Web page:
As a Japanese OEM, Kawasaki has never been one to be shy. The company has a long history of groundbreaking motorcycles that not only set new standards for performance, but are also remembered for their audacity. Many of these bikes basically threw convention out the window, and made their own rules when it came to class warfare. The H1 500 and H2 750 three-cylinder two-strokes, the original 1972 Z1, the turbocharged Z1R TC of 1978 and 1983 GPz750 Turbo, the 1984 Ninja 900 and 600R of 1985…the list goes on.
Kawasaki has been continuing that maverick streak lately, with the ZX-14R laying waste to the competition last year by dint of an 89cc increase in displacement. And that philosophy continues for 2013, with both the Ninja 250R and ZX-6R receiving boosts in engine size. While the ZX-6R makes a return to the 636cc displacement (ridden elsewhere in this issue by associate editor Bradley Adams) popularized by the 2003-2006 models, we also got the opportunity to sample the all-new Ninja 300 — Kawasaki’s answer to the incursion of its 250cc territory by Honda’s CBR250R.
Kawasaki chose the mountains bordering the famous northern California wine region of Sonoma County to demonstrate the new Ninja 300’s performance to the American press. The numerous twisty roads in the area provided a superb proving ground to see if Kawasaki’s upgraded lightweight class machine indeed had the goods to go with its new moniker.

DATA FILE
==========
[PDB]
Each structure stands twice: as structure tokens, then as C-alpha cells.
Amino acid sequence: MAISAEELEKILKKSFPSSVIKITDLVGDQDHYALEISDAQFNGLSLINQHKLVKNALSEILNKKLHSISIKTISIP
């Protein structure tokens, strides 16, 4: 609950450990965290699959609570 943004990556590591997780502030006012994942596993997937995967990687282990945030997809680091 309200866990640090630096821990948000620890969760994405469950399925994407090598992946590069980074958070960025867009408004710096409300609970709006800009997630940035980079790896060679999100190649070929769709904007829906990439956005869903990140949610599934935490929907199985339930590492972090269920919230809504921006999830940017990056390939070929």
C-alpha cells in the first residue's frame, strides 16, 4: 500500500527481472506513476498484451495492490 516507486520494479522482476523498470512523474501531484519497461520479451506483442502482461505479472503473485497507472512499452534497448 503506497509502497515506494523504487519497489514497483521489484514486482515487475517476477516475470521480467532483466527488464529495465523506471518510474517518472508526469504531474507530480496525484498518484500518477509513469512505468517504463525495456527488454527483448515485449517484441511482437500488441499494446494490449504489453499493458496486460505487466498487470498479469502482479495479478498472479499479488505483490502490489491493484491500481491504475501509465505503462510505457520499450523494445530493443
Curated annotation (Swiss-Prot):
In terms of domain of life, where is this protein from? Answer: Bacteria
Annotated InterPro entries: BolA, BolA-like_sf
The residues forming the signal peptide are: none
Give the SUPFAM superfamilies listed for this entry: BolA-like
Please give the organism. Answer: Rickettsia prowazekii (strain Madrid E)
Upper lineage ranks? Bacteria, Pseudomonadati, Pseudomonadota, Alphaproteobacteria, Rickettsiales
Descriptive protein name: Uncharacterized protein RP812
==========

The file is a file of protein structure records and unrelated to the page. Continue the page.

Bigger, Stronger, Faster
We brushed over the basics of the new Ninja 300’s technical details in the last issue, but Kawasaki revealed a lot more during the tech briefings at the press intro. As we noted before, the Ninja 300 engine gets its 47cc displacement increase via a whopping 7.8mm stroke increase, with the two 62mm pistons now traveling a distance of 49.0mm inside the new aluminum open-deck cylinder bores that not only weigh 800 grams less, but also dissipate heat better than the old steel liners. Those pistons are 7.5mm shorter with revised hard-anodized crowns that lower the compression ratio from 11.6:1 to 10.6:1 (allowing the use of regular grade 87-octane fuel) while also weighing 3.4 grams less than the 250’s 121.6-gram slugs, reducing reciprocating loads enough to permit the retention of the 250’s 13,000 rpm rev limit. Also contributing here are 5mm-shorter piston pins that cut another 4 grams from the reciprocating weight.
The connecting rods are shorter by 2.8mm to maintain a mechanical advantage with the crankshaft’s longer stroke, with thicker ends for greater strength while still weighing the same as the previous rods. The crankcases have new oil passages, with a larger-volume oil pan (2.4L capacity instead of the 250R’s 1.7L) utilizing internal cooling fins to help dissipate heat; the pan not only has nearly half-inch better ground clearance than the previous unit, both the oil drain plug and new spin-on oil filter are accessible without removing any bodywork.
Up top, the U.S. version 250R’s antiquated 30mm carburetors have been finally replaced by a Keihin EFI setup using twin 32mm throttle bodies (which actually taper down from the 40mm secondary throttle plates for smooth throttle response). New injectors spraying a finer 60-micron droplet size feed into a cylinder head sporting reshaped intake ports that are 1mm wider at the port entrance and 0.5mm wider at the valve seat, which incidentally houses 1mm-larger 23.5mm intake valves.
The half-inch-wider rear rim...
The half-inch-wider rear rim allows the fitment of a 140-size rear tire, and the new IRC RX-01R tires provide surprisingly good grip and handling.